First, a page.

Tuesday, January 19, 2021 -
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Ski-aholic in Park City

By Seth Feldman, Jew in the City

When it comes to Jewish outreach, Jodi Berris will climb the highest mountain. Then she’ll ski down it.

“I have a pretty serious passion for skiing,” Berris says. “I ski every day, Sunday to Friday. I love skiing!”

Jodi Berris, in her ‘Michigan’ cap

Her love for the slopes is only matched by her love for creating Jewish events, a combination that led Berris to Park City, Utah, where she is creating an avalanche of Jewish activity.

“My goal is to create positive social opportunities for Jews so they can connect to each other and simultaneously build stronger bonds with their Judaism,” she says.

Consider this: Since moving to Park City just less than a year ago, Berris has recently launched a local Jewish Student Union, the public high school program of NCSY, as well as a middle school Junior NCSY chapter. Not to mention, she has also created an upcoming Momentum women’s Israel trip, challah bakes, kosher ice cream socials, Shabbat onegs and Jewish trivia nights.

“I like to make quick decisions and implement them immediately,” says Berris, who grew up modern Orthodox just outside Detroit.

“I’m passionate and proud of being Jewish.”

Berris’ road to Park City actually began in Park City when she worked at the 2002 Winter Olympics. It was a dream job for this sports fanatic who was a three-sport athlete at the University of Michigan in ice hockey, rowing and lacrosse.

After the Olympics, Berris set her career sights on other international sporting events. There was one challenge. “I couldn’t work these events in a secular world because of Shabbat,” she recalls. “I realized it was too hard to work in sports industry events.”

While Berris couldn’t work on sporting events that conflicted with her Shabbat observance, she was able to land an amazing job with Nike. That took her to Portland, Ore., where she was able to feed her skiing addiction as a member of the Mt. Hood Ski Patrol.

But Berris’ biggest claim to fame in Portland was being a powerhouse promoter of Jewish events from happy hours to Israeli dance nights to sold-out holiday parties at local microbreweries.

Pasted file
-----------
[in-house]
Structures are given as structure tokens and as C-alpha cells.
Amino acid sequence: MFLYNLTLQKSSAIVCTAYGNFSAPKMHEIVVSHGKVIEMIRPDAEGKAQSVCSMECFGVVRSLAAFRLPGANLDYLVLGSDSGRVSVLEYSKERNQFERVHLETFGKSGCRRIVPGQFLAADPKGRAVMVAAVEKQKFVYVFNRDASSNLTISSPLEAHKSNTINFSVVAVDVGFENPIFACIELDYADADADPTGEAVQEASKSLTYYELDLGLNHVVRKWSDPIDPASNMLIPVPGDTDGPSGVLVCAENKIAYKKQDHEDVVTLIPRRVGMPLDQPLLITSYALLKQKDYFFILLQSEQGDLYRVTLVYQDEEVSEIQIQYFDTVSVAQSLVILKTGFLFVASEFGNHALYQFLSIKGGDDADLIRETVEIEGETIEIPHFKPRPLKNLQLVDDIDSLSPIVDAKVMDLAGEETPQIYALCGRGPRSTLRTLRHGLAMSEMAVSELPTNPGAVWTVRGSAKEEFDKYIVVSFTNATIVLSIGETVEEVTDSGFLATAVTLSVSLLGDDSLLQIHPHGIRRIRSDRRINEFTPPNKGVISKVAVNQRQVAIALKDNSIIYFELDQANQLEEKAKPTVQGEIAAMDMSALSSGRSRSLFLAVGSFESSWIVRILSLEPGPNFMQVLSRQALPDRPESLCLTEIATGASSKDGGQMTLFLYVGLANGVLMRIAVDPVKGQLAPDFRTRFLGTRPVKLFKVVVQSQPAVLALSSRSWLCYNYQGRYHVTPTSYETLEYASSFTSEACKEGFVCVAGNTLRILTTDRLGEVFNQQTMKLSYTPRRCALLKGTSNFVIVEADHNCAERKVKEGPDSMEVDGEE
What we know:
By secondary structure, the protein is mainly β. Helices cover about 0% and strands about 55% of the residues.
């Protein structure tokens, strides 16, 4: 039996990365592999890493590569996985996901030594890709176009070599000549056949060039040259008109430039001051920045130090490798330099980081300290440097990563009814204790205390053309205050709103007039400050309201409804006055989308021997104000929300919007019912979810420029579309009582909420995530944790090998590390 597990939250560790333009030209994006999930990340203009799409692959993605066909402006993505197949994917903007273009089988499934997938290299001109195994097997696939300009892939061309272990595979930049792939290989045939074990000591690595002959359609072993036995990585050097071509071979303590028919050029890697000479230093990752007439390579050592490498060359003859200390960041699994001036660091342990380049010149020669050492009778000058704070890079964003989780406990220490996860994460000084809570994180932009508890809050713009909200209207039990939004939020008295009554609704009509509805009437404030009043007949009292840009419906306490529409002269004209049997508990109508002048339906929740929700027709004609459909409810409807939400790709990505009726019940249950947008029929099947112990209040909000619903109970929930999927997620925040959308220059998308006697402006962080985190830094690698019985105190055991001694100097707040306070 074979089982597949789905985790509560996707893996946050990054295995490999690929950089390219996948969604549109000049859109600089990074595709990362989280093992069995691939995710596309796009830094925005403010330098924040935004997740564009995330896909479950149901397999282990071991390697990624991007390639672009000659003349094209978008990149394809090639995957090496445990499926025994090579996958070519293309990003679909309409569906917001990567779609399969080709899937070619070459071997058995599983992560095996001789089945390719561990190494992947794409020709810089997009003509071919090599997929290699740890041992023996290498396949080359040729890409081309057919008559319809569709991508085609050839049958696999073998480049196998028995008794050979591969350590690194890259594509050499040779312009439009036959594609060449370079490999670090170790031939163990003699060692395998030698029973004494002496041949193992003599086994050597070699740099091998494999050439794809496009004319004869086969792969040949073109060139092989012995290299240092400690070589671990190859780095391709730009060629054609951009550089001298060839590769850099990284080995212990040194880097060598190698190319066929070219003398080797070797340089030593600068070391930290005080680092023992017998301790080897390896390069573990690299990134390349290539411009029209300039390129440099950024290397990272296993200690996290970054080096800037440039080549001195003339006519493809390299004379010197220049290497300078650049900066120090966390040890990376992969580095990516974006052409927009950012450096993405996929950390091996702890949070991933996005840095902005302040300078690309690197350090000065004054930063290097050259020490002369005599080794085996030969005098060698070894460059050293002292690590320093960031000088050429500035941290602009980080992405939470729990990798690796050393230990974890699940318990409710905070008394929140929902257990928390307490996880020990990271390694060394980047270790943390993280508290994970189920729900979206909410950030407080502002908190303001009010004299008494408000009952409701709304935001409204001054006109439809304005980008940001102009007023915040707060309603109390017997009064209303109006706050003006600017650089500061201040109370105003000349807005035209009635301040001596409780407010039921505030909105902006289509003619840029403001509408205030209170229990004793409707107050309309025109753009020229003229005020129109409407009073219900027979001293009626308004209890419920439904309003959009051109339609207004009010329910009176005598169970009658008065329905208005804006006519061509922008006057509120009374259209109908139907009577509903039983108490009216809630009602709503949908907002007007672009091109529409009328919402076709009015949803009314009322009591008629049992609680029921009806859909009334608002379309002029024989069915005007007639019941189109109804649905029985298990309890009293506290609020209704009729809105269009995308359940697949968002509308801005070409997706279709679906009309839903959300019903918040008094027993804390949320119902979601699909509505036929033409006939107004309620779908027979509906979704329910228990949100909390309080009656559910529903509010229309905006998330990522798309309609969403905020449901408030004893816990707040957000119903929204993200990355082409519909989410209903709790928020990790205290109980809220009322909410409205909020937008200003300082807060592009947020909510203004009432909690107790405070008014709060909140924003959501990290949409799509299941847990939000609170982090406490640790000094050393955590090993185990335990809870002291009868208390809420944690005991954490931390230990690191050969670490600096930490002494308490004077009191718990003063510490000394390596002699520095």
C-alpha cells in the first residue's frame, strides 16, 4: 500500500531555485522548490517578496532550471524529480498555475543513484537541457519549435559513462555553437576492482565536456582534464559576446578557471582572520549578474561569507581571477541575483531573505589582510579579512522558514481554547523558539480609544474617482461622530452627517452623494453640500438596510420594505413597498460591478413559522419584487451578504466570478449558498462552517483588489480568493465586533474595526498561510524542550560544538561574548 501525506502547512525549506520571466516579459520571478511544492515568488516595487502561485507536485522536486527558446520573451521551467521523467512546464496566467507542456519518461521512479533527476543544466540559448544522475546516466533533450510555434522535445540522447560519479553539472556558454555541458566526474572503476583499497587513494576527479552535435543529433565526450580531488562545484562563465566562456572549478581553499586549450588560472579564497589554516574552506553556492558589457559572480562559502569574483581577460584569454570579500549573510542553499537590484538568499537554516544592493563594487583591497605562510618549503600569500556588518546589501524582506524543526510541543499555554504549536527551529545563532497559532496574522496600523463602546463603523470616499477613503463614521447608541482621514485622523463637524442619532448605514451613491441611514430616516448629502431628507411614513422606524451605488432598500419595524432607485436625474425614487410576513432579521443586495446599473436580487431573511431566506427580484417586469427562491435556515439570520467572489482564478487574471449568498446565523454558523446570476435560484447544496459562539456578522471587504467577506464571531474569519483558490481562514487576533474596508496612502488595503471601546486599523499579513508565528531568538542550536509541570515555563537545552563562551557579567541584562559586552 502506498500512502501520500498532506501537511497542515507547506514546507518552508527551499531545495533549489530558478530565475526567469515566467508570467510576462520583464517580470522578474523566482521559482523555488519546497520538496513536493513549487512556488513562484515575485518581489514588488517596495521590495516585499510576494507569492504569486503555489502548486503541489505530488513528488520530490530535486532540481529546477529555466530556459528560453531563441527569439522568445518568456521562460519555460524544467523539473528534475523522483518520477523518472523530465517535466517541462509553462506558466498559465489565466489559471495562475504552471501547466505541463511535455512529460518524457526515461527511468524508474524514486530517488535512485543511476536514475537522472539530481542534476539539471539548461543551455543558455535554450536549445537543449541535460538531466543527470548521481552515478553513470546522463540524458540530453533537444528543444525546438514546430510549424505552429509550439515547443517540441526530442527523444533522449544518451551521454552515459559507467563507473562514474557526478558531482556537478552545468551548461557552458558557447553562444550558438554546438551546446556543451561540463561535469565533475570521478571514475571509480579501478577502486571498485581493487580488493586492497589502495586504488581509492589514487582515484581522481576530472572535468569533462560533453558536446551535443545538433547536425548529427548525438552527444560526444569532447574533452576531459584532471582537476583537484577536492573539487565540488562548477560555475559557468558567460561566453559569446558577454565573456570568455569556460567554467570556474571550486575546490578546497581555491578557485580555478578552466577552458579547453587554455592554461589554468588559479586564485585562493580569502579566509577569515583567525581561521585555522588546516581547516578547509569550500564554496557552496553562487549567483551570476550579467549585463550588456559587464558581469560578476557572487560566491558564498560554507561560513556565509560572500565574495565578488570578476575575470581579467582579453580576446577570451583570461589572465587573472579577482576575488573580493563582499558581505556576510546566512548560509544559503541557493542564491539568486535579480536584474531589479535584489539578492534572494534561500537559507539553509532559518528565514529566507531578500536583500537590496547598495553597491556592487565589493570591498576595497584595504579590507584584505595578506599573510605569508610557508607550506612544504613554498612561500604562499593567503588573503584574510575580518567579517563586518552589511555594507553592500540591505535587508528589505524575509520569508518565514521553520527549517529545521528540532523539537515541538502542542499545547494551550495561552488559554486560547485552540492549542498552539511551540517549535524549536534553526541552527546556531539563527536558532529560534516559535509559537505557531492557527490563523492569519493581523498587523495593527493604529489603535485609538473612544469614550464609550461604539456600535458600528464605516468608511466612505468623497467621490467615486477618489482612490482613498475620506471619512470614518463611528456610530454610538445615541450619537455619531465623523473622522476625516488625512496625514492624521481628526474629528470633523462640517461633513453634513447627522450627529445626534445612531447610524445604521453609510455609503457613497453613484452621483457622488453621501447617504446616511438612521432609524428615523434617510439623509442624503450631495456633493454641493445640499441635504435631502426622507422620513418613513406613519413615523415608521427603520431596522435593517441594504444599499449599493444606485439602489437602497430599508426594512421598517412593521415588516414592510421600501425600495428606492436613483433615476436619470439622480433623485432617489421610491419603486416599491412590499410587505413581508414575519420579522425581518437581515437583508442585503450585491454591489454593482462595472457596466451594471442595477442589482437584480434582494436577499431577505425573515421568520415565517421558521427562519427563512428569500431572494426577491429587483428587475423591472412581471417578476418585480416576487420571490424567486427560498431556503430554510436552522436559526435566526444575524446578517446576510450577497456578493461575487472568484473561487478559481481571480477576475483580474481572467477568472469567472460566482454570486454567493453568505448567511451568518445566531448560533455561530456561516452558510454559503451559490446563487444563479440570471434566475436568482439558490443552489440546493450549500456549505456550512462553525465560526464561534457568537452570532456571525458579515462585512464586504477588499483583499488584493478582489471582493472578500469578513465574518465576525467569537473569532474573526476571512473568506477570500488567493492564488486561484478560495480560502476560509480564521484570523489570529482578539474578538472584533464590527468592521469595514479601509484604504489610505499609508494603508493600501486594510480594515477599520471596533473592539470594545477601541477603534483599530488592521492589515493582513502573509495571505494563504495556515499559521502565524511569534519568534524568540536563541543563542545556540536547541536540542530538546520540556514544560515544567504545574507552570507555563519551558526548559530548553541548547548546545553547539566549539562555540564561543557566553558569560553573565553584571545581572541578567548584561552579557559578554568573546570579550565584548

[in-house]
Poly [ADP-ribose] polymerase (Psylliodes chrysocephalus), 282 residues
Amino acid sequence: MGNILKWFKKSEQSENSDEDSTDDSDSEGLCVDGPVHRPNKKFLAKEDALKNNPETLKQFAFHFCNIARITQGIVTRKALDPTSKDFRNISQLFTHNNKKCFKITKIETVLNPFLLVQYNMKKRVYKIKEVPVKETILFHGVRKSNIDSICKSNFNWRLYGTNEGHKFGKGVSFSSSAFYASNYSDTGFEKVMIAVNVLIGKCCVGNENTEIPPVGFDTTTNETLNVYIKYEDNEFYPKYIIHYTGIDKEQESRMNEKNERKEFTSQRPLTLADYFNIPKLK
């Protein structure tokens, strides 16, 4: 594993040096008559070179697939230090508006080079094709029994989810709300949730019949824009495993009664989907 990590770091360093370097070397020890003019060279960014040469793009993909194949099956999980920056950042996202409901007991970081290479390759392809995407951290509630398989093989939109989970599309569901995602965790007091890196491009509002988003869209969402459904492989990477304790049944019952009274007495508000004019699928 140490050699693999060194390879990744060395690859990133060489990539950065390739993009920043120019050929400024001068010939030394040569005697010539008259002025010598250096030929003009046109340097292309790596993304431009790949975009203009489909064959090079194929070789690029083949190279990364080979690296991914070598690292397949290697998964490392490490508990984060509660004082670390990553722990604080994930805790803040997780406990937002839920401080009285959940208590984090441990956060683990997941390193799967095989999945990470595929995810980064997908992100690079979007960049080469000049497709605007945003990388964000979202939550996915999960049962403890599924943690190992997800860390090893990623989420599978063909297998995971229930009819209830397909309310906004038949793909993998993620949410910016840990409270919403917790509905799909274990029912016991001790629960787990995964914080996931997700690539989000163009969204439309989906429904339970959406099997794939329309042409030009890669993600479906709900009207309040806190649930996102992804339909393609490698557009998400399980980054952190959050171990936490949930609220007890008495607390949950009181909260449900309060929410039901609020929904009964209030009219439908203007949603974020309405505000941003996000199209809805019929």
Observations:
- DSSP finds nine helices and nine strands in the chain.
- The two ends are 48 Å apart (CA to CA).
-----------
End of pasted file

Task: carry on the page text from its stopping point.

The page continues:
“She is an incredible force,” says Brett Schneider, who was a regular at Berris’ Portland events. “She has done more for the young Jewish community in Portland than anyone I know, and doing it all through volunteering. She is a true first-class person.”

“When I started, I didn’t think it was going to turn into what it turned into,” she says. “We had people meeting people.”

Some of those people hit it off so well that, at last count, Berris’ events led to 10 marriages.

These days, Berris, who’s 42, is looking for her own shidduch. She says she is open to any guy who embraces her modern Orthodox lifestyle and can keep up with her non-stop schedule of sports and Jewish events.

Which brings us back to Park City.

When not organizing Jewish events, Berris is a volunteer at the Nationally Ability Center, assisting skiers with different abilities. She also works full-time at Skullcandy, makers of headphones and other audio devices.

Pretty impressive for someone who not only loves the mountains but who also moves mountains to bring Jewish people together.

“In general, I’m a motivated go-getter,” she says. “When I see an opportunity, I don’t talk about it. I just do it.”




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